However, rule utilitarianism proposes a more central role for rules that was thought to rescue the theory from some of its more devastating criticisms, particularly problems to do with justice and promise keeping. Throughout the 1950s and 1960s, articles were published both for and against the new form of utilitarianism, and through this debate the theory we now call rule utilitarianism was created. In an introduction to an anthology of these articles, the editor was able to say: "The development of this theory was a dialectical process of formulation, criticism, reply and reformulation; the record of this process well illustrates the co-operative development of a philosophical theory."
Smart and McCloskey initially used the terms 'extreme' and 'restricted' utilitarianism but eventually everyone settled on the terms 'act' and 'rule' utilitarianism.
The essential difference is in what determines whether or not an action is the right action. Act utilitarianism maintains that an action is right if it maximizes utility; rule utilitarianism maintains that an action is right if it conforms to a rule that maximizes utility.
In 1956, Urmson published an influential article arguing that Mill justified rules on utilitarian principles. From then on, articles have debated this interpretation of Mill. In all probability, it was not a distinction that Mill was particularly trying to make and so the evidence in his writing is inevitably mixed. A collection of Mill's writing published in 1977 includes a letter in which he says:
I agree with you that the right way of testing actions by their consequences, is to test them by the natural consequences of the particular action, and not by those which would follow if everyone did the same. But, for the most part, the consideration of what would happen if everyone did the same, is the only means we have of discovering the tendency of the act in the particular case.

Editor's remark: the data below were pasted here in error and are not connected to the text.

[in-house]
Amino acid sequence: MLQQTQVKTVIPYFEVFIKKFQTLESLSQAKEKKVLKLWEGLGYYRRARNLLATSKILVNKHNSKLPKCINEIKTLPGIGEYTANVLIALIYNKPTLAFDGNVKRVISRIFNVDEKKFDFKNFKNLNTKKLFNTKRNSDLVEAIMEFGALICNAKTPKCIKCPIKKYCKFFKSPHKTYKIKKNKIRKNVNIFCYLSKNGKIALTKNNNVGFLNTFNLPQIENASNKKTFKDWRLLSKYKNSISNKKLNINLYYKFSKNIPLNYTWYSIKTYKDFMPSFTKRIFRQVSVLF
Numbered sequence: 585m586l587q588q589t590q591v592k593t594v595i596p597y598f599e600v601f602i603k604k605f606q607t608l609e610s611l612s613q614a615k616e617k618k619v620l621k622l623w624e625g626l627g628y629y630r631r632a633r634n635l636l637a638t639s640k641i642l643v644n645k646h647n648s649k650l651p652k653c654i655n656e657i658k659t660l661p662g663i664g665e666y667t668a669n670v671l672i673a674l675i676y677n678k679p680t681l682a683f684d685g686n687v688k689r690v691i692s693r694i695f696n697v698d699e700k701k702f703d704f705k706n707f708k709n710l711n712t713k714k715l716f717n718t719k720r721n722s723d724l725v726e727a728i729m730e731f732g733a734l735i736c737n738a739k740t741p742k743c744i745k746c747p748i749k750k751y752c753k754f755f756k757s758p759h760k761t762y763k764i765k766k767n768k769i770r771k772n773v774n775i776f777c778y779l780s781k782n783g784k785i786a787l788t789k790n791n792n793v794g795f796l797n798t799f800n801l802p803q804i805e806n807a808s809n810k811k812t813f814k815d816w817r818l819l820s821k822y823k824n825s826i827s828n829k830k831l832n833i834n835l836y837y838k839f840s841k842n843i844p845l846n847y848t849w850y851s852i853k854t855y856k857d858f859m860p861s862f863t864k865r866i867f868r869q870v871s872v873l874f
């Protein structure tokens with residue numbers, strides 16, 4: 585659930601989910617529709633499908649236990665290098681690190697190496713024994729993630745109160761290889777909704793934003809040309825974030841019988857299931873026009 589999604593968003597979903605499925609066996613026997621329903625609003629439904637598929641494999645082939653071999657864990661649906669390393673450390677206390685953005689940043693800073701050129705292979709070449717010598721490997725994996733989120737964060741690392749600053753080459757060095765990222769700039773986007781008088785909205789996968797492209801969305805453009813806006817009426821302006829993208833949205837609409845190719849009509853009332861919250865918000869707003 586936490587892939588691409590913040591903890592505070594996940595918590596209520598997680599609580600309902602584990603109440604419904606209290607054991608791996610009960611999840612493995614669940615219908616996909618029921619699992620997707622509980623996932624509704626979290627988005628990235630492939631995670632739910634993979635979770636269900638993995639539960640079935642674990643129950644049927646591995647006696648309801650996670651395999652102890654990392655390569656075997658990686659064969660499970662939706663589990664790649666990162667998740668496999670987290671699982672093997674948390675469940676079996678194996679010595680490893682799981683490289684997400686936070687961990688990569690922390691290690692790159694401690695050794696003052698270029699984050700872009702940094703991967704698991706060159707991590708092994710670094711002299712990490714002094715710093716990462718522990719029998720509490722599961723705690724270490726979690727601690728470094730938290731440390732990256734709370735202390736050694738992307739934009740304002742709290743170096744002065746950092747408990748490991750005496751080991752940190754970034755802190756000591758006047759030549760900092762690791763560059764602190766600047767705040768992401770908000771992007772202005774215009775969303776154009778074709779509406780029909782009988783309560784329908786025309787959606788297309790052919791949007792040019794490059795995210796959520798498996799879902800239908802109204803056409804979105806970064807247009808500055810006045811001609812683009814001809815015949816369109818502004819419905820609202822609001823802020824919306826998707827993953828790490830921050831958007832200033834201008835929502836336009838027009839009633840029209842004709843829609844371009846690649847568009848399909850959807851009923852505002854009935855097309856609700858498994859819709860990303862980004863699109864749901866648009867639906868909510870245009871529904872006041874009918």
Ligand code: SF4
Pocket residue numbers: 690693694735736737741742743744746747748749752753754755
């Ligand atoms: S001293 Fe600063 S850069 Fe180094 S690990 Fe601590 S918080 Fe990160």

This seems to tip the balance in favour of saying that Mill is best classified as an act utilitarian.
Some school level textbooks and at least one UK examination board make a further distinction between strong and weak rule utilitarianism. However, it is not clear that this distinction is made in the academic literature.
It has been argued that rule utilitarianism collapses into act utilitarianism, because for any given rule, in the case where breaking the rule produces more utility, the rule can be refined by the addition of a sub-rule that handles cases like the exception. This process holds for all cases of exceptions, and so the "rules" have as many "sub-rules" as there are exceptional cases, which, in the end, makes an agent seek out whatever outcome produces the maximum utility.
Main article: Two-level utilitarianism
In Principles (1973),R. M. Hare accepts that rule utilitarianism collapses into act utilitarianism but claims that this is a result of allowing the rules to be "as specific and un-general as we please." He argues that one of the main reasons for introducing rule utilitarianism was to do justice to the general rules that people need for moral education and character development and he proposes that "a difference between act-utilitarianism and rule-utilitarianism can be introduced by limiting the specificity of the rules, i.e., by increasing their generality.":14 This distinction between a "specific rule utilitarianism" (which collapses into act utilitarianism) and "general rule utilitarianism" forms the basis of Hare's two-level utilitarianism.
When we are "playing God or the ideal observer", we use the specific form, and we will need to do this when we are deciding what general principles to teach and follow. When we are "inculcating" or in situations where the biases of our human nature are likely to prevent us doing the calculations properly, then we should use the more general rule utilitarianism.
Hare argues that in practice, most of the time, we should be following the general principles::17
One ought to abide by the general principles whose general inculcation is for the best; harm is more likely to come, in actual moral situations, from questioning these rules than from sticking to them, unless the situations are very extra-ordinary; the results of sophisticated felicific calculations are not likely, human nature and human ignorance being what they are, to lead to the greatest utility.